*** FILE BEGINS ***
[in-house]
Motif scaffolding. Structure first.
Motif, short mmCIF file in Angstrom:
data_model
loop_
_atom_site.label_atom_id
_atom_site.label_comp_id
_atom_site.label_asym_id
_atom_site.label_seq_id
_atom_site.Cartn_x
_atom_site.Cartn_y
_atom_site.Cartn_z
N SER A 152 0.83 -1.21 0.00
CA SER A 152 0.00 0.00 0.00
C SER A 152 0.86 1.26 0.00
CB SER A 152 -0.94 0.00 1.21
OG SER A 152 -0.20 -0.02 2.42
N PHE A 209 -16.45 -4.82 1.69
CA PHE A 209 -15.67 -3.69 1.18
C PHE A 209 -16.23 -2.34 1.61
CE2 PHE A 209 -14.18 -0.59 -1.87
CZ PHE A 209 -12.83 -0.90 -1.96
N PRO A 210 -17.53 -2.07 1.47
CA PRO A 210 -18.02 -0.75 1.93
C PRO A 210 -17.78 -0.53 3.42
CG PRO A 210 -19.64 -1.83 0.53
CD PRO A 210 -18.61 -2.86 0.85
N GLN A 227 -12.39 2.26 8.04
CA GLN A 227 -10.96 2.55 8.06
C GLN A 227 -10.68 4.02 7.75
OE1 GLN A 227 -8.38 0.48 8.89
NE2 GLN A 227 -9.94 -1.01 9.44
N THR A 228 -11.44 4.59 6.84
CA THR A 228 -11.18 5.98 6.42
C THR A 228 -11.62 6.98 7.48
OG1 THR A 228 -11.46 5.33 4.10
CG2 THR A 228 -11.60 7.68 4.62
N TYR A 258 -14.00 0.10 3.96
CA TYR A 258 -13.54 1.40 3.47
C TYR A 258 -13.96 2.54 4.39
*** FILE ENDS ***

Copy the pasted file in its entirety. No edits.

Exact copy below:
[in-house]
Motif scaffolding. Structure first.
Motif, short mmCIF file in Angstrom:
data_model
loop_
_atom_site.label_atom_id
_atom_site.label_comp_id
_atom_site.label_asym_id
_atom_site.label_seq_id
_atom_site.Cartn_x
_atom_site.Cartn_y
_atom_site.Cartn_z
N SER A 152 0.83 -1.21 0.00
CA SER A 152 0.00 0.00 0.00
C SER A 152 0.86 1.26 0.00
CB SER A 152 -0.94 0.00 1.21
OG SER A 152 -0.20 -0.02 2.42
N PHE A 209 -16.45 -4.82 1.69
CA PHE A 209 -15.67 -3.69 1.18
C PHE A 209 -16.23 -2.34 1.61
CE2 PHE A 209 -14.18 -0.59 -1.87
CZ PHE A 209 -12.83 -0.90 -1.96
N PRO A 210 -17.53 -2.07 1.47
CA PRO A 210 -18.02 -0.75 1.93
C PRO A 210 -17.78 -0.53 3.42
CG PRO A 210 -19.64 -1.83 0.53
CD PRO A 210 -18.61 -2.86 0.85
N GLN A 227 -12.39 2.26 8.04
CA GLN A 227 -10.96 2.55 8.06
C GLN A 227 -10.68 4.02 7.75
OE1 GLN A 227 -8.38 0.48 8.89
NE2 GLN A 227 -9.94 -1.01 9.44
N THR A 228 -11.44 4.59 6.84
CA THR A 228 -11.18 5.98 6.42
C THR A 228 -11.62 6.98 7.48
OG1 THR A 228 -11.46 5.33 4.10
CG2 THR A 228 -11.60 7.68 4.62
N TYR A 258 -14.00 0.10 3.96
CA TYR A 258 -13.54 1.40 3.47
C TYR A 258 -13.96 2.54 4.39